My November 2021 WholeNote review of a CD containing trios by two Chicago composers praised “the vivid colours, dramatic expressivity and sensational virtuosity” of the Lincoln Trio, here returning with compositions by five living Chicagoans.
Sensual passion fills Shulamit Ran’s eight-minute Soliloquy, derived from an aria in her opera Between Two Worlds, in which the tenor (here, the violin), yearns for his beloved. Less satisfying is Augusta Read Thomas’ …a circle around the sun…, five minutes of enigmatic fragmentation.
Three works written for the ensemble receive their first recordings. Shawn E. Okpebholo’s 11-minute city beautiful celebrates three Chicago architectural icons. Dribbling, undulating melodies evoke the 82-storey Aqua Tower’s wave-like exterior. Long-lined, pastoral lyricism reflects the horizontal planes of Frank Lloyd Wright’s Robie House. Okpebholo calls Union Station “an amalgam of neoclassicism and modernism;” his similarly styled music expresses, he says, the terminal’s “century-old hustle and bustle.”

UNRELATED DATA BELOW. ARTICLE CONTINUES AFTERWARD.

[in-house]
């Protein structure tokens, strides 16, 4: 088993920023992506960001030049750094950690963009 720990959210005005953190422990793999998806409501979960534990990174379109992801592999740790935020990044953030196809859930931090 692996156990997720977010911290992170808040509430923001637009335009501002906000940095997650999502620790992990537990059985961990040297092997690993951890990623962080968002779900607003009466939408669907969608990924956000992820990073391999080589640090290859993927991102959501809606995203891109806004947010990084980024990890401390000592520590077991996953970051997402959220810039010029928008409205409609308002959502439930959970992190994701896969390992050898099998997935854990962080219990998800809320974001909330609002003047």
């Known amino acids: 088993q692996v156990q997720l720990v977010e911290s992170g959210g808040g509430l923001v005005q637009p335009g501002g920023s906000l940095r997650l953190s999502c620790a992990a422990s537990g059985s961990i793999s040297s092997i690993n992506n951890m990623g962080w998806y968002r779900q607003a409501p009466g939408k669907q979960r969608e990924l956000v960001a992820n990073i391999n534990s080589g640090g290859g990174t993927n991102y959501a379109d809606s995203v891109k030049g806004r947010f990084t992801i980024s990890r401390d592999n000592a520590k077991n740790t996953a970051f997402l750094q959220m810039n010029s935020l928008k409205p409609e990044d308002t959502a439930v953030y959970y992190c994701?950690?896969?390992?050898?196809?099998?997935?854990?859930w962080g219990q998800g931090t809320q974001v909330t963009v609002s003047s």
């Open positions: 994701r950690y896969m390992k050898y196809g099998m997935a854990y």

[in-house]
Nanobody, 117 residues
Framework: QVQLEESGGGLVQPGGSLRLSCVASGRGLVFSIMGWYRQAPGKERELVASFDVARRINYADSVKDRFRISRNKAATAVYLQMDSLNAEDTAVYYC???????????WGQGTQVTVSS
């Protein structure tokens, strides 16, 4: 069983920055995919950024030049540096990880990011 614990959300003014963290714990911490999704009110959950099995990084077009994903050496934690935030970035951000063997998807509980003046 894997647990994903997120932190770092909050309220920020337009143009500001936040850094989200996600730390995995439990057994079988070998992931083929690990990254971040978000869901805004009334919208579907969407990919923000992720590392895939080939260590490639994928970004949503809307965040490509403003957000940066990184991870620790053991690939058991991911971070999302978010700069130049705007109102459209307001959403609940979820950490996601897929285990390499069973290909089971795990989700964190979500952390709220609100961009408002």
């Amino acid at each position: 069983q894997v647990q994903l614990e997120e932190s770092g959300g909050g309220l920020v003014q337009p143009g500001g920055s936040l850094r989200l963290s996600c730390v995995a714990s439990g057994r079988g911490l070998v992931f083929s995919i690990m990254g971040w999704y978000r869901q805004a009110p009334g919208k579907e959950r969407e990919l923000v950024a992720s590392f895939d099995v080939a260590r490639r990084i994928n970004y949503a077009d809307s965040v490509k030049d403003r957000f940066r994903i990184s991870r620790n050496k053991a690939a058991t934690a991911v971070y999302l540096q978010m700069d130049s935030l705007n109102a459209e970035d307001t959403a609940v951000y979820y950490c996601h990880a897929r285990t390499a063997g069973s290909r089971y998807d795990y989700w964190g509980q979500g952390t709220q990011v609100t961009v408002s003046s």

Mischa Zupko’s three-minute Fanfare 80, honouring the Music Institute of Chicago’s 80th year, exists in versions for orchestra, woodwind quintet and the Lincoln Trio. Rambunctious seven-and-11-beat measures create, writes Zupko, “a savage celebration.” One wonders why.
The best comes last. Sanctuary is Stacy Garrop’s two-movement, 23-minute, emotion-wrenching memorial to her father. In Without, brooding anguish, urgent desperation and a “pseudo-Jewish folksong” describe, she writes, a girl “searching for her lost parent.” Within’s hymn-like solemnity and gentle piano wind-chiming represent the girl (violin) finally reuniting with her father (cello) “within the sanctuary of her own heart.”